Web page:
The word nafs is usually translated as self or psyche. Its etymology is rooted in "breath" (similar to Biblical or Kabbalistic nefesh) and is common to virtually all archaic psychologies where the act of breathing was connected with life, animating otherwise lifeless object. In this respect, ancient notions of "Atman" in Hinduism (cf. German noun "Atem", breath, respiration) or Greek "pneuma" (as well as Latin "spiritus") -all equate the basic visible process of breathing with energizing principle that confers existence to an individual human being. Some Sufis consider under the term "Nafs" the entirety of psychological processes, encompassing whole mental, emotional and volitional life; however, the majority of Quranic-based Sufis are of the opinion that Nafs is a "lower", egotistical and passionate human nature which, along with Tab (literally, physical nature), comprises vegetative and animal aspects of human life. Synonyms for Nafs are devil, passion, greed, avarice, ego-centeredness etc. The central aim of the Sufi path is transformation of Nafs (technical term is "Tazkiya-I-Nafs" or "purgation of the soul") from its deplorable state of ego-centredness through various psycho-spiritual stages to the purity and submission to the will of God. Although the majority of the Sufi orders have adopted convenient 7 maqams (maqams are permanent stages on the voyage towards spiritual transformation), and some still operate with 3 stages, the picture is clear: the Sufi's journey begins with Nafs-e-Ammara (commanding soul), Nafs-e-lawwama (self-accusing soul), and ends in Nafs-e-Mutma'inna (satisfied soul) -although some Sufis's final stage is, in their technical vocabulary, Nafs-I-Safiya wa Kamila (soul restful and perfected in God's presence). In essence, this is almost identical to Christian paradigm of "vita purgativa" and various stages the spiritual aspirant traverses in the journey towards God.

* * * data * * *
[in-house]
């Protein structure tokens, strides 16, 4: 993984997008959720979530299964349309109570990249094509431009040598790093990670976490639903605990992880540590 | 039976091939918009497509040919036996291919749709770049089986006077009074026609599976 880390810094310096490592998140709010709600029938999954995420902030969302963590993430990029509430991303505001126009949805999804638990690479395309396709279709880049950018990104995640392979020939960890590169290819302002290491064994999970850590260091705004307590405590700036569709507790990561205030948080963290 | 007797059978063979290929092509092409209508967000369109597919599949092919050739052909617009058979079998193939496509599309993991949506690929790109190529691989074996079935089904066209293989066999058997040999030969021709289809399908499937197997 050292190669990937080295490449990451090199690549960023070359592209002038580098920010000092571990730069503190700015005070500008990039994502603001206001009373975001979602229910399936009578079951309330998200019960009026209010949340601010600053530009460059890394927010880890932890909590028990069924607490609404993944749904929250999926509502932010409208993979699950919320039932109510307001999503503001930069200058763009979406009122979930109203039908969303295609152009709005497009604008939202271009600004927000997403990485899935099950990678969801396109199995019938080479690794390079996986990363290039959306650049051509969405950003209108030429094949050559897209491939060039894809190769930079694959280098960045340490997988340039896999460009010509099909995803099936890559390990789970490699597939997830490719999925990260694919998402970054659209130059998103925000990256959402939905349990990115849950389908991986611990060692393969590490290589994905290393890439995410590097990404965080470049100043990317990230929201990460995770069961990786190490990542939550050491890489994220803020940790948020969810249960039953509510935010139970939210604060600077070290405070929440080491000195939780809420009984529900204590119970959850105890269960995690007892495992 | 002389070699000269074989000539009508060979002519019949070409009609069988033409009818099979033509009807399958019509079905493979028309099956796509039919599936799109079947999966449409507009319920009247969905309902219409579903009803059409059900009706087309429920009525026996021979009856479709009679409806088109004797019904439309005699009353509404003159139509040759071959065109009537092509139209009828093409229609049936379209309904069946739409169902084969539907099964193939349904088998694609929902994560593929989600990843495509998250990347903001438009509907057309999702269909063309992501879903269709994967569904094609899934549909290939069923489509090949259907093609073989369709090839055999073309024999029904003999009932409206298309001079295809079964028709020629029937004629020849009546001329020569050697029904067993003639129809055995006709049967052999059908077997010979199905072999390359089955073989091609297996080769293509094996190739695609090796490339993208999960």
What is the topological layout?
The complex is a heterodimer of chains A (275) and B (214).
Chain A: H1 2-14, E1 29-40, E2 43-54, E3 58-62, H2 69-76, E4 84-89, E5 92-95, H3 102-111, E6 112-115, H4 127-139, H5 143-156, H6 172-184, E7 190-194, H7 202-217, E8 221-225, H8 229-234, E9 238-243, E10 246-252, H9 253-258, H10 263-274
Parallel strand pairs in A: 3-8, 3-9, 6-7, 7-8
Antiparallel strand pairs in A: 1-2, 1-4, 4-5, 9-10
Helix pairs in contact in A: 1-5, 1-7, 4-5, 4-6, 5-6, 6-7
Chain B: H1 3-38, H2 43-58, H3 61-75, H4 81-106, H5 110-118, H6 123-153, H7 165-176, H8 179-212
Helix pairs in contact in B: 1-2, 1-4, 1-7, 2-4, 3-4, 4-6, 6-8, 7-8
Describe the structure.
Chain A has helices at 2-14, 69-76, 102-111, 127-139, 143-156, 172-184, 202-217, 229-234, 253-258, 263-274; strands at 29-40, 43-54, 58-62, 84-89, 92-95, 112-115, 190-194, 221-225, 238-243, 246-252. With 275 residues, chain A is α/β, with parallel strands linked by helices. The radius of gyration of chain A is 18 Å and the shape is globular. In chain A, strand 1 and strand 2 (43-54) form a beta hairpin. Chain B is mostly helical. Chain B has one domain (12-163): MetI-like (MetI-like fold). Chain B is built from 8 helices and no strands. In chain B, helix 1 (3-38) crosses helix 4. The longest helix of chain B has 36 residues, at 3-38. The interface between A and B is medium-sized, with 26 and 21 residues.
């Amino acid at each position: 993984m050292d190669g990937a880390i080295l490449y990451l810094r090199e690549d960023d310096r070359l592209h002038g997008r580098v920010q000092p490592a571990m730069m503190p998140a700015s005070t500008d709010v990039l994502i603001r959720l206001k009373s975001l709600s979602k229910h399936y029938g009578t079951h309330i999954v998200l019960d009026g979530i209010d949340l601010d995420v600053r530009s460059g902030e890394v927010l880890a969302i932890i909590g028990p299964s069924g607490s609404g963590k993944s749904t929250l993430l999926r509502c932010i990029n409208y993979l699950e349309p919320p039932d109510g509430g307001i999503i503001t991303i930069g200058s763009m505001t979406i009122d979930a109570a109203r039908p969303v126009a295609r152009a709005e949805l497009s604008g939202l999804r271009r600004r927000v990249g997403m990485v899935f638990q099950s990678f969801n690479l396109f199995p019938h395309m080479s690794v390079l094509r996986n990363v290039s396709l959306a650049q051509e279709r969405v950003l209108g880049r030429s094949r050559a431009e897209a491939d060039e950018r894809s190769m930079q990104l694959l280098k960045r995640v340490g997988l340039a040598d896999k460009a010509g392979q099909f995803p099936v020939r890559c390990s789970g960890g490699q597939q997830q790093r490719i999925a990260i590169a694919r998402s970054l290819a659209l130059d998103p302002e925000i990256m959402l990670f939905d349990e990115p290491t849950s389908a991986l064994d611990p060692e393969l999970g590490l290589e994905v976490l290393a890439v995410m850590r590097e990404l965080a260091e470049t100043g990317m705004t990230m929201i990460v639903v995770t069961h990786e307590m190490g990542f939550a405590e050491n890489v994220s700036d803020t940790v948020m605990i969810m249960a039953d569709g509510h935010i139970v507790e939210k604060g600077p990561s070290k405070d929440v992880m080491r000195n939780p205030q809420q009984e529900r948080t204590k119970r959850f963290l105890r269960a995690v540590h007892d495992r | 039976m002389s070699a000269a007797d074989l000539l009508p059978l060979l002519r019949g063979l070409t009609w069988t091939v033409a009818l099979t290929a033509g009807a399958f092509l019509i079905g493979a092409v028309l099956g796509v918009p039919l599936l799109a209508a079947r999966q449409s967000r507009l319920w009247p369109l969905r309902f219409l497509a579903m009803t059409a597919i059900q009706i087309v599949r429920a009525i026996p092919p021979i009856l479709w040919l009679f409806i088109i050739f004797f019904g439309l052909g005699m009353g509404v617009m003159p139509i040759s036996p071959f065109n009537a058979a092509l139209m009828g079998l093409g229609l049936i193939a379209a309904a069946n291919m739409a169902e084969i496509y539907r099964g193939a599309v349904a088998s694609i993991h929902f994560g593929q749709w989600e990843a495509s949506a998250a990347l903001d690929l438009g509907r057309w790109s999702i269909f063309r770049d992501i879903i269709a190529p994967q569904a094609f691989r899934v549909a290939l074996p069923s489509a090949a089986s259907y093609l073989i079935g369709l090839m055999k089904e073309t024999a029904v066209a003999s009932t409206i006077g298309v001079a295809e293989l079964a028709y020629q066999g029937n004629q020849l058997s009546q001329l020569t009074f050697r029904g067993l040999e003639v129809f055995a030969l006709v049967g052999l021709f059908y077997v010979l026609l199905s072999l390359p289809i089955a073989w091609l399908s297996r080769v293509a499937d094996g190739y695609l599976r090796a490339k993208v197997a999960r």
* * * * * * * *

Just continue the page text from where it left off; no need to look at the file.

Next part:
The first real center is located in the left of Chest and is associated with the color yellow. In Latifa-e-Qalbi man witnesses his deeds. By awakening it man also gets the knowledge of the realm of Jins.